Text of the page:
Daimler premieres the “truck of tomorrow”

What will the truck of the future look like?

Dr. Wolfgang Bernhard, a member of the Board of Management of Daimler AG, responsible for Daimler trucks and buses, believes it will be a truck that drives itself and allows truck drivers to safely be more productive while behind the wheel.

Not only does an autonomous-driving vehicle ensure more safety on the roads, said Bernhard, it also saves money and relieves its driver of stress and fatigue in monotonous traffic situations.

Autonomous driving will also enable more efficient transport, he added. Trucks that communicate with each other can travel more closely together and therefore take up less road space. There would be fewer traffic jams and the associated costs would be reduced, as would CO2 emissions. Moreover, the lower risk of accidents caused by human error would reduce insurance rates.

Daimler is one of the biggest producers of premium cars and the world’s biggest manufacturer of commercial vehicles with a global reach.

 

World premier

He, along with other top Daimler officials, premiered the company’s self-driving Mercedes-Benz Future Truck 2025 last week on a new section of the A14 autobahn in Saxony-Anhalt, near Magdeburg, Germany, in realistic driving situations.

The truck, a new Actros model, is equipped with the “extremely intelligent” Highway Pilot assistance system, which enables it to drive completely autonomously at speeds of up to 85 km/h – about 53 mph, Bernhard explained. The world's first autonomously driving truck, it drives along all by itself by communicating with its surroundings.

In Europe, trucks are required to stay in the right hand lane and are limited to 80 km/h – about 50 mph.

Connectivity is the basis for this technical quantum leap. The focus is the connectivity of the truck with its complete environment. This encompasses the driver and vehicle, the infrastructure and other traffic participants, and is based on intelligent networking of all the safety systems already available, plus cameras, radar sensors and vehicle-to-vehicle communication.

 

Technology takes the wheel

With the Highway Pilot system, which is comparable to an autopilot system in an airplane, the truck communicates with its environment and drivers autonomously. The driver switches the system on and then takes his hands off the wheel. The in-cab display confirms this with: "Highway Pilot active."

When this mode change takes place, the tractor trailer travels at the set speed in the center of the right-hand lane. Using the truck's intelligent sensors and computing power, the steering carries out slight corrections by itself.

When the driver wants to relax, he presses a button on the seat armrest and the driver's seat moves backwards and pivots to the right by 45 degrees for a comfortable seating position. The driver is able to stretch his legs in comfort, as if sitting in an armchair at home.

The rig of the future is now moving smoothly with the traffic at its set cruising speed, maintaining a safe distance from the vehicle ahead and staying on course.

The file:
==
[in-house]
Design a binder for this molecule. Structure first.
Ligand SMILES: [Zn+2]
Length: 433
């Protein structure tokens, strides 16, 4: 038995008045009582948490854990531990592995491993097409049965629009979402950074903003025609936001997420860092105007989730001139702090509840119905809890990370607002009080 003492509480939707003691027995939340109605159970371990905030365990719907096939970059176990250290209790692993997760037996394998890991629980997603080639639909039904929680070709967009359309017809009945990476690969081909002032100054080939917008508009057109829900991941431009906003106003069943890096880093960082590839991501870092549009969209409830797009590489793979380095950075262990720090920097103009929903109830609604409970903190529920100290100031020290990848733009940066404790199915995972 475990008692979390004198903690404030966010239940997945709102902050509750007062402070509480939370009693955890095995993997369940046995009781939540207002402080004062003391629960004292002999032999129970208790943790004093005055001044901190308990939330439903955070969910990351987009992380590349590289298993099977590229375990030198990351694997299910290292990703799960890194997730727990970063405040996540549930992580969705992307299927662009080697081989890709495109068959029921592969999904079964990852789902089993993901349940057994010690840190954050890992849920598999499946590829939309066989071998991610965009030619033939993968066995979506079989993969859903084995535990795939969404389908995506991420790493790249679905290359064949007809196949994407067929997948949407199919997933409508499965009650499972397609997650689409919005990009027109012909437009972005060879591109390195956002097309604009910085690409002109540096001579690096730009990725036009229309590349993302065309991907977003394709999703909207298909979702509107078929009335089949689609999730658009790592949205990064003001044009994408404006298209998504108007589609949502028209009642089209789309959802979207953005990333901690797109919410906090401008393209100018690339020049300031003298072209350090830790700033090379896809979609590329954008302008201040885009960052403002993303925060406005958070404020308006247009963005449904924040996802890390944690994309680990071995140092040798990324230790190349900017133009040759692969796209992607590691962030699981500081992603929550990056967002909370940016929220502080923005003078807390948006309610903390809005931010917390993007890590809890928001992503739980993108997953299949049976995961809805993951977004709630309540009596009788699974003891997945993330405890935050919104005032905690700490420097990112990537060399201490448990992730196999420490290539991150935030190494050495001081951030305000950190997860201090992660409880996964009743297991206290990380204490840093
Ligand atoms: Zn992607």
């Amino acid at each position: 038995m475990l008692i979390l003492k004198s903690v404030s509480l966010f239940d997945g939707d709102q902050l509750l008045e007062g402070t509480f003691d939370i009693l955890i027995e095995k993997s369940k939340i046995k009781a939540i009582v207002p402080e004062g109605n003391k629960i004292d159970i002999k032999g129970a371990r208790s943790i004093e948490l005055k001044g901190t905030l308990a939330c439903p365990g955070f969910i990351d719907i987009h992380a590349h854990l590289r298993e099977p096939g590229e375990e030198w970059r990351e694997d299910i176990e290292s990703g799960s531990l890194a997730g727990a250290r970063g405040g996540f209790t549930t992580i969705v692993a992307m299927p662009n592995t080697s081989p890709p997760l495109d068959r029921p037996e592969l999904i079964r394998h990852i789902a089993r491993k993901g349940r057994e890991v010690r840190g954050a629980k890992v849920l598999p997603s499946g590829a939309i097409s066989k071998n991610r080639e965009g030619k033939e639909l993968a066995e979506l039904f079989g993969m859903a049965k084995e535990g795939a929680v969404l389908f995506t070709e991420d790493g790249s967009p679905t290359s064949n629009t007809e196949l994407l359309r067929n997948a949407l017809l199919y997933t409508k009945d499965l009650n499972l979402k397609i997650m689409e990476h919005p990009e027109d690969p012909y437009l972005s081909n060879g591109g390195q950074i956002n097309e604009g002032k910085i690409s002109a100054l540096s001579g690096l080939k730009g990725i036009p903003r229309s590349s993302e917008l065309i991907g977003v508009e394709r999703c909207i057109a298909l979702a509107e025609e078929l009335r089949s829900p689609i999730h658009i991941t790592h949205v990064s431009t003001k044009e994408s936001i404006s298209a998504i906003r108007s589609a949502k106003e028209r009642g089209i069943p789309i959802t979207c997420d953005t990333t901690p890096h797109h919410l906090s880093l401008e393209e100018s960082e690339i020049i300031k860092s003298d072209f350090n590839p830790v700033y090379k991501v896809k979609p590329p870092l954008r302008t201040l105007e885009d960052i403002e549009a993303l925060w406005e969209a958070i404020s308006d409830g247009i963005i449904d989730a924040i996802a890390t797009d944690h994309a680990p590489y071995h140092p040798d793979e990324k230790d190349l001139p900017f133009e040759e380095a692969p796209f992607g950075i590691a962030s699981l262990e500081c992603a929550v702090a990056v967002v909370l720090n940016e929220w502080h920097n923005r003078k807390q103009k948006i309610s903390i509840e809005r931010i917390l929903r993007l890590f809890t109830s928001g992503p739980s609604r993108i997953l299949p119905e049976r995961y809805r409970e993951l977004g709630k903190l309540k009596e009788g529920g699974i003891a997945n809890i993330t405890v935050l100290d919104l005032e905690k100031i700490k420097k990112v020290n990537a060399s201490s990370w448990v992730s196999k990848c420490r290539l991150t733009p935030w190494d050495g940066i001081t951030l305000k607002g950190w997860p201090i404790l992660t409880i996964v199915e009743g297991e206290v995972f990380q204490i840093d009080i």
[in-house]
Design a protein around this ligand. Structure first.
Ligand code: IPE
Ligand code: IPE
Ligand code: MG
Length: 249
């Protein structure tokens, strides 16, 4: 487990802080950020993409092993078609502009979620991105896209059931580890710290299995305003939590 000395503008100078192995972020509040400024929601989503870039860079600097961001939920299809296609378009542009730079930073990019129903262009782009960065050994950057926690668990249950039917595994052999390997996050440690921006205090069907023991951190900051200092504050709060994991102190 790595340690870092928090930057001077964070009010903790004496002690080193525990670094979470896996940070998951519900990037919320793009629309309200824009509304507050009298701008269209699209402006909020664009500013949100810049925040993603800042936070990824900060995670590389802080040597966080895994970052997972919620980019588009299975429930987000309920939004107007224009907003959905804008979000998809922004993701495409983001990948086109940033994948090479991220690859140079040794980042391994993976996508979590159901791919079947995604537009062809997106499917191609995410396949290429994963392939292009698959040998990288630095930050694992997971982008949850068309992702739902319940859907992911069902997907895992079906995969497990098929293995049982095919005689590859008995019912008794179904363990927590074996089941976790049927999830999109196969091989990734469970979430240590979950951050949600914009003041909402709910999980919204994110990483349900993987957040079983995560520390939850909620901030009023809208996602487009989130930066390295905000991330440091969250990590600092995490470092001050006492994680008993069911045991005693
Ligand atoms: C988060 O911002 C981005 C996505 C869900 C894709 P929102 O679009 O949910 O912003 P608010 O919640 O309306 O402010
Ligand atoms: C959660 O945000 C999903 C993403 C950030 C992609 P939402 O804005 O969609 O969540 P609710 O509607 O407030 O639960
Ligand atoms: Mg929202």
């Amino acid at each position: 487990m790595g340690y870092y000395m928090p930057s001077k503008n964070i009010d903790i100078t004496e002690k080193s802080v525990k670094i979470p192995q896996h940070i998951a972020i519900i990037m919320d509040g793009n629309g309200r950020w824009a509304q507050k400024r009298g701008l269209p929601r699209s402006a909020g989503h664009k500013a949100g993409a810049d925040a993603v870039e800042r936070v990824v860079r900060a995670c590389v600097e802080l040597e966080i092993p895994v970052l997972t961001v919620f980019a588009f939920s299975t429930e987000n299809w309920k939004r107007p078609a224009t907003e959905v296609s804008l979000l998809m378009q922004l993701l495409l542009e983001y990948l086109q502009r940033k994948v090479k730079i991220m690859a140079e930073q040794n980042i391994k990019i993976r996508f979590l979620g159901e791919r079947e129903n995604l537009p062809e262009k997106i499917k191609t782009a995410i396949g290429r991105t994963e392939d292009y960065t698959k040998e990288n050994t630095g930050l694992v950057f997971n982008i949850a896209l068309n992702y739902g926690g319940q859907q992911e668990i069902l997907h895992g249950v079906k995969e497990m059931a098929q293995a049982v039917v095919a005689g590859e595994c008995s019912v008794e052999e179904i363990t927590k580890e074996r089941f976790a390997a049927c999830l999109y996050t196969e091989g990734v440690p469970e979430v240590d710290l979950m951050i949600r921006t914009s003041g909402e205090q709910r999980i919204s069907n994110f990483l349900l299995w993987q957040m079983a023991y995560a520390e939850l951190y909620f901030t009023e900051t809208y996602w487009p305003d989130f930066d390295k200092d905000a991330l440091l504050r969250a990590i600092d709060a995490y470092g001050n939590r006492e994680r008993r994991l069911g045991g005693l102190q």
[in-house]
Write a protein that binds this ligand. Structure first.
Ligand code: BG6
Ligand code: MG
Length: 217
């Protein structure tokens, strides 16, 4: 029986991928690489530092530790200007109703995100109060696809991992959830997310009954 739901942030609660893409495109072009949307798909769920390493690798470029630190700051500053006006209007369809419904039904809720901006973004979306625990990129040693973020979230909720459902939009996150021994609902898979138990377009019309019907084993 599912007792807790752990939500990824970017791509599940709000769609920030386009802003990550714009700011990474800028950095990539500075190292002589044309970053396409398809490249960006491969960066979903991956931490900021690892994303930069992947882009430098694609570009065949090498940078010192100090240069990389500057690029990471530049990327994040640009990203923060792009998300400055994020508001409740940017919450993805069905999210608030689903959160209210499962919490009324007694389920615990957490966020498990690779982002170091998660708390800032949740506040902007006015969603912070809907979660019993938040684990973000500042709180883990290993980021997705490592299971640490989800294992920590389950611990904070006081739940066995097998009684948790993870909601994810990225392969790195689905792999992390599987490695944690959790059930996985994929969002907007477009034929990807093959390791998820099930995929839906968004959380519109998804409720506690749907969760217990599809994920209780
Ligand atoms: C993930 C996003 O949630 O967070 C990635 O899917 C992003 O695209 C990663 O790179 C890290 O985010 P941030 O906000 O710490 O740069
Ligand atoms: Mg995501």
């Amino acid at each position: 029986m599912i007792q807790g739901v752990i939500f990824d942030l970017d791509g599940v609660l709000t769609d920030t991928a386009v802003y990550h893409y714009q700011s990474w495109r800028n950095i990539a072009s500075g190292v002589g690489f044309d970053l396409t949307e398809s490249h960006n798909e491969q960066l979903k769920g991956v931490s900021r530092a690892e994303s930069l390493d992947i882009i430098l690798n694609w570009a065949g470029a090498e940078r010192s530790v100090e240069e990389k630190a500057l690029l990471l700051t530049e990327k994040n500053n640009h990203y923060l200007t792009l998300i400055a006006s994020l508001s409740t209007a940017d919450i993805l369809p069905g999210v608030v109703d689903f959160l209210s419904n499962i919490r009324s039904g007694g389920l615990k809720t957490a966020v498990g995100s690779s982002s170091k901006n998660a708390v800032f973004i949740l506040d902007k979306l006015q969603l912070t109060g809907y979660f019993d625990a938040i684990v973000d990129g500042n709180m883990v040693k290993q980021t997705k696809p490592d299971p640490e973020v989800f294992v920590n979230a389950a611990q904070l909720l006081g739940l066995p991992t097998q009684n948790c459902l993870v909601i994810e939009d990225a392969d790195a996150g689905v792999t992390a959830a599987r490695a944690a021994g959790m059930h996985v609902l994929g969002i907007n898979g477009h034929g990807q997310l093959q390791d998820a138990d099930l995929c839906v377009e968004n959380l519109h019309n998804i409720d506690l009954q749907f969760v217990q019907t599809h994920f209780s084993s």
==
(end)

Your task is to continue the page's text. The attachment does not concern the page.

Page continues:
Even gusting crosswinds do not bring the truck off-track, as the technology corrects its course more rapidly and safely than any human driver, noted a Daimler official.

With the truck driving autonomously, the driver can, through vehicle-to-infrastructure (V2I) communications, compose an email; take a look at the proposed navigation route;   choose a suitable truck stop for the next break, pre-order a meal and reserve a parking space; and more.

 

Future Truck 2025 pays attention

The traffic of tomorrow will, like today, have its share of unforeseen incidents and breakdowns, occasionally slowdowns and complete stops. Regardless, the Future Truck 2025 smoothly adapts to the conditions.

For example, if an emergency vehicle is approaching from behind, with the Highway Pilot on, a message appears in the display: "Emergency vehicle approaching.” The information comes from the emergency vehicle by vehicle-to-vehicle (V2V) communication.

The truck automatically moves over to the right until it reaches the lane marking, clearing the way for the fast-moving emergency vehicle, and then returns to the center of its lane. Meanwhile, the driver remains in his working position and merely observes the scene.

The Highway Pilot is also able to report, in advance, a broken down vehicle ahead on the right shoulder and automatically moves left to the centerline, passing the broken down vehicle while keeping a safe distance, as it also has its “eye” on the traffic in the left lane. After passing the obstacle, the truck returns to the right-hand lane and accelerates back to its cruising speed.

 

The driver retains control

In autonomous mode, when the display reports a slow-moving vehicle ahead, the Mercedes Benz Future Truck 2025 will patiently follow the vehicle at a safe distance.  But when passing is worthwhile, for example a large difference in speeds, the driver pivots the seat into the driving position, takes over manual control and passes. Returning to his lane, he can then hand control back to the Highway Pilot.

Daimler officials emphasized that the driver of the autonomous truck is always in full control and can always override the technology by steering, braking or accelerating as required.

 

Radar sensors and a camera